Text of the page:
A collection of recollections at Cathcart

Imagine this…

A town located in the Eastern Cape, so small at the foot of a hill, that you can miss it in the blink of an eye.

A policeman with a gentle soul.

A double decker bus and art.

Coffee. It had never tasted that good. They say it is about who you drink it with.

Losing.

An inevitable part of life is death. 

Driving away 2 hours later, what just happened? 

Eyes full of tears and a smile. 

Are you curious?  Let’s see if you can piece the picture together…

Part 1: The Burning Bus

Moses had to turn aside to see the burning bush. I wonder how many burning bushes we miss, in the name of productivity and busyness, on our path to success? 

Not stopping to ask why. 

Nor noticing the direction we are heading in. 

You can become the hamster in the turn wheel. Going nowhere at a rapid rate. 

With that said, I see a sign that reads, double decker bus and yard art, and I turn aside at the foot of the Cathcart hill, to see…

Looking back now, I’m glad I did. A moment can alter a life path. A moment can serve as a compass pointing towards a true north.  The significance of the alteration cannot be comprehended by the duration of the moment. The duration of a moment can be less than a second. It can be the time it takes for a tear to form and well up in your eyes, and then gracefully drizzle down your cheeks.  It can be in the small distance of the lines in your face as a smile takes its shape.  It can be on the back of a soft breeze meeting grass in the veldt where you sit. This moment was one of those moments, I realized driving away as I was rejoining the same path as before but now with tears in my eyes, coffee in my belly and a prayer in my heart. My path is altered. My compass adjusted. Something pointing a slight bit more in the direction of my true north.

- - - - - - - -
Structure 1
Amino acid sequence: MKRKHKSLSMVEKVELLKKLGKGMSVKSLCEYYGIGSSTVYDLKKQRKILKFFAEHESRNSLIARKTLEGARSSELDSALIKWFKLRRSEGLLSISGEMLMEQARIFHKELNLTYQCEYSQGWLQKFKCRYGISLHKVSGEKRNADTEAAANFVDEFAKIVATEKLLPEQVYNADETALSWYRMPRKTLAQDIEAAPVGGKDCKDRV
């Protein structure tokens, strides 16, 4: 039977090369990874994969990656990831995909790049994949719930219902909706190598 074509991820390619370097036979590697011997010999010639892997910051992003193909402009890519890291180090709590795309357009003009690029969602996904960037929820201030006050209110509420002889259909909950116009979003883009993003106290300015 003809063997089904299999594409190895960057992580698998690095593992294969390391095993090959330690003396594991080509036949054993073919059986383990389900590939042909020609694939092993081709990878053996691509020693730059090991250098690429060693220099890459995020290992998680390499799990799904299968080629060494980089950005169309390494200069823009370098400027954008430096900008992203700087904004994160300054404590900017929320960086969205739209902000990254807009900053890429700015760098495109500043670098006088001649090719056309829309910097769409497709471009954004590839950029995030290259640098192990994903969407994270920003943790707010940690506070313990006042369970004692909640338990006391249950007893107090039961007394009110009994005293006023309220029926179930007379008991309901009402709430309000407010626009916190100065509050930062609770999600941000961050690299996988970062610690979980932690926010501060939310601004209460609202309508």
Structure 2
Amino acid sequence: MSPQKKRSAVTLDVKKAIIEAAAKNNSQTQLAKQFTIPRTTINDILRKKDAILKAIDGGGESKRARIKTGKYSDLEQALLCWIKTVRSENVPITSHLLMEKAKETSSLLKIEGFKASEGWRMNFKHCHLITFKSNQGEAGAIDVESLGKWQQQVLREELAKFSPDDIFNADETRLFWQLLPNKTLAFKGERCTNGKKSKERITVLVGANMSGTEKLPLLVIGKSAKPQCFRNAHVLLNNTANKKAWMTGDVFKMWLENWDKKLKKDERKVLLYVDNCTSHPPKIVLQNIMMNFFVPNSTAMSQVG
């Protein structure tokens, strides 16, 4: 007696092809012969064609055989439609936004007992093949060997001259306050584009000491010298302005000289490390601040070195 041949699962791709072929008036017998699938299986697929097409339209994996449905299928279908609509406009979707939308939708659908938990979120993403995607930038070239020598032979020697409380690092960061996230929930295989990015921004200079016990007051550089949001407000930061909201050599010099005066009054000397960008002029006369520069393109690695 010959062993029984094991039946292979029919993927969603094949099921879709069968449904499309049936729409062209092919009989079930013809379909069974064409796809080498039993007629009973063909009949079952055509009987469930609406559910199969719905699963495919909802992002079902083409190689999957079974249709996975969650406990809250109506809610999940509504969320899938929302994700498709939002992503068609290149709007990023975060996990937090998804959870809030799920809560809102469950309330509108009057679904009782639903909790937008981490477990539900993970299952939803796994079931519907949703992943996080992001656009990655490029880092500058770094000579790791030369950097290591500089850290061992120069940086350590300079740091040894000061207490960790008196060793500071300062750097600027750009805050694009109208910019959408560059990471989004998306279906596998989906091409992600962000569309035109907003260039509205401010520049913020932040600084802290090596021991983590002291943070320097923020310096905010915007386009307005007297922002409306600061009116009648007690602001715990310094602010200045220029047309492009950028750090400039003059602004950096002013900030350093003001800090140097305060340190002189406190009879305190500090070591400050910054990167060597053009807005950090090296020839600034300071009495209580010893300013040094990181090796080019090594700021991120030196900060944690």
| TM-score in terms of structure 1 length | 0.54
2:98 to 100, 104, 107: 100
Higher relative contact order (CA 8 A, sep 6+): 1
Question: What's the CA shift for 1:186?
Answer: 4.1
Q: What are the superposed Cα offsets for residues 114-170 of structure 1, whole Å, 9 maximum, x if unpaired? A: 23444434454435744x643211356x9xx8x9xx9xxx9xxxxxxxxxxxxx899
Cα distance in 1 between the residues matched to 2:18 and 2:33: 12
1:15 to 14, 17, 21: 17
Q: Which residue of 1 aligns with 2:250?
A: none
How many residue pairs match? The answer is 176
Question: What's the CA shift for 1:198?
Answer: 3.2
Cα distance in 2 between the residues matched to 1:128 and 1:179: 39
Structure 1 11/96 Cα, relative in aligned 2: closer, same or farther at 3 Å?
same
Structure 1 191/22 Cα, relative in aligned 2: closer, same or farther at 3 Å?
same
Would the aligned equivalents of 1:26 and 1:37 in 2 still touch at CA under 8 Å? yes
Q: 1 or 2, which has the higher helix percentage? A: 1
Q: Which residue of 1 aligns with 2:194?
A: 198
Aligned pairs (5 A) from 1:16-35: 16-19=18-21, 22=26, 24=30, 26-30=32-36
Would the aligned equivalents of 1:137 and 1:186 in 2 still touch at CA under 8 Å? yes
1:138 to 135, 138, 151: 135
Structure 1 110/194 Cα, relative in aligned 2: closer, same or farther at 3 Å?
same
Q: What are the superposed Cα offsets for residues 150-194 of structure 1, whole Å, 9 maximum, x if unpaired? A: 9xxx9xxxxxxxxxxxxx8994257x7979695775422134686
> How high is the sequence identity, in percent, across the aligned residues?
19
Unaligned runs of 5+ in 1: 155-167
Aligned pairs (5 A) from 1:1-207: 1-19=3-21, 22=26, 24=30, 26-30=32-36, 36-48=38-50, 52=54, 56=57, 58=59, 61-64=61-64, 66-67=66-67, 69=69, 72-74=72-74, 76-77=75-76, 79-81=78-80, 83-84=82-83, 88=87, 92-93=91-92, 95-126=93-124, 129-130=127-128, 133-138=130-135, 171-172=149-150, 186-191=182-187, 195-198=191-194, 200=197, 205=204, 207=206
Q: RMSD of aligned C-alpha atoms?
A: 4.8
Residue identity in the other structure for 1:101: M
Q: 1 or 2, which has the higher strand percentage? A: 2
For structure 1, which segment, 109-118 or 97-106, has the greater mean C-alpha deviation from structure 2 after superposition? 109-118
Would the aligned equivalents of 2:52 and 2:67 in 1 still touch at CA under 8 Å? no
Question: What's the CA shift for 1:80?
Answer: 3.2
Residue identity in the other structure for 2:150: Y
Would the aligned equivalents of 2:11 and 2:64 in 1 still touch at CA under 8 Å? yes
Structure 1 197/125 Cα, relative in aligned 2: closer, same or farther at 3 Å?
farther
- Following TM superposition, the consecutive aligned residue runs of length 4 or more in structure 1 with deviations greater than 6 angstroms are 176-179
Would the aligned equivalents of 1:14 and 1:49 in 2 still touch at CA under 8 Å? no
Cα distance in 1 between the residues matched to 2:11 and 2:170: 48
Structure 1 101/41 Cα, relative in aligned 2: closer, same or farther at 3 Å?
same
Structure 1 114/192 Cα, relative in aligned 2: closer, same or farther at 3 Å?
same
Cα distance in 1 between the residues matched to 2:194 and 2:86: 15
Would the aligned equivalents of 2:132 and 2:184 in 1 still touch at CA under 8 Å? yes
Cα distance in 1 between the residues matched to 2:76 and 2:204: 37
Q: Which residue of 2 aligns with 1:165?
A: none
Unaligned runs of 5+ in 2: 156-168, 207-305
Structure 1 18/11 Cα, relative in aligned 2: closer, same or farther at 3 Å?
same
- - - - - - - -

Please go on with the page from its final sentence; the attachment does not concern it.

There is a special space inside of me where a projector screens sacred moments like these. Flashing feelings on my heart that points towards something. While writing this,

the words “each other” and “exchanging God in the subtext” finds me and settles in, within me…

May you spot the burning bus on your path.

May you be curious.

May you stop. May you turn aside to see.

May you hear God in the eyes you find in front of you. 

May grace move through you.

May you listen.


Part 2: Walking Home

Drinking coffee…

It’s never tasted that good. They say it’s about who you drink it with…

There was a feeling of every sip being just a sip and significant all at once. 

He showed me his double decker bus and his yard art. The bus was full of second hand things, old tea sets, old suitcases, an old typewriter, most things in the bus were old. He also showed me his art. It was installations that he made from scrap metal in his yard. It made me feel. It made me pray. 

I felt everything was there, I felt something was not there, I felt God was everywhere.

“She passed away a month ago” he said in a way which acknowledged all of what that means. 

Before leaving I said, “There’s something inside the bus I want to buy”

“Sure” he said

“Can I have a tomato relish please?”

“My wife still made that you know”

“I’m sorry. Are you sure you want to sell it then?”

“Yes. That’s why she made it, I’d be glad to sell it.” He said smiling. 

There’s a certain responsibility for those left behind to ask; What had they expected of me? Had hoped for me? Had wished to happen to me?

Perhaps, we are who we are today because of decades of two becoming one. 

You’ve spent a lifetime walking her home. And her presence within you will walk with you the rest of the way too. 

That evening when I ate her tomato relish on my bread, my eyes started tearing again. “This can’t just be it”, i heard myself whisper into a dark nothingness later that night.  Then, her presence whispered back at me from within me, 

“it’s not”  

I met her through you that day. She still visits me sometimes in those still moments. She appears as goosebumps over my skin and tears in my eyes sometimes when I drink my morning coffee. She is a reminder to the question; Why am I here? 

We do not leave things behind. We leave ourselves behind. We leave this earth and we make a home in the hearts of those who love us deeply.


Part 3: Lost and Found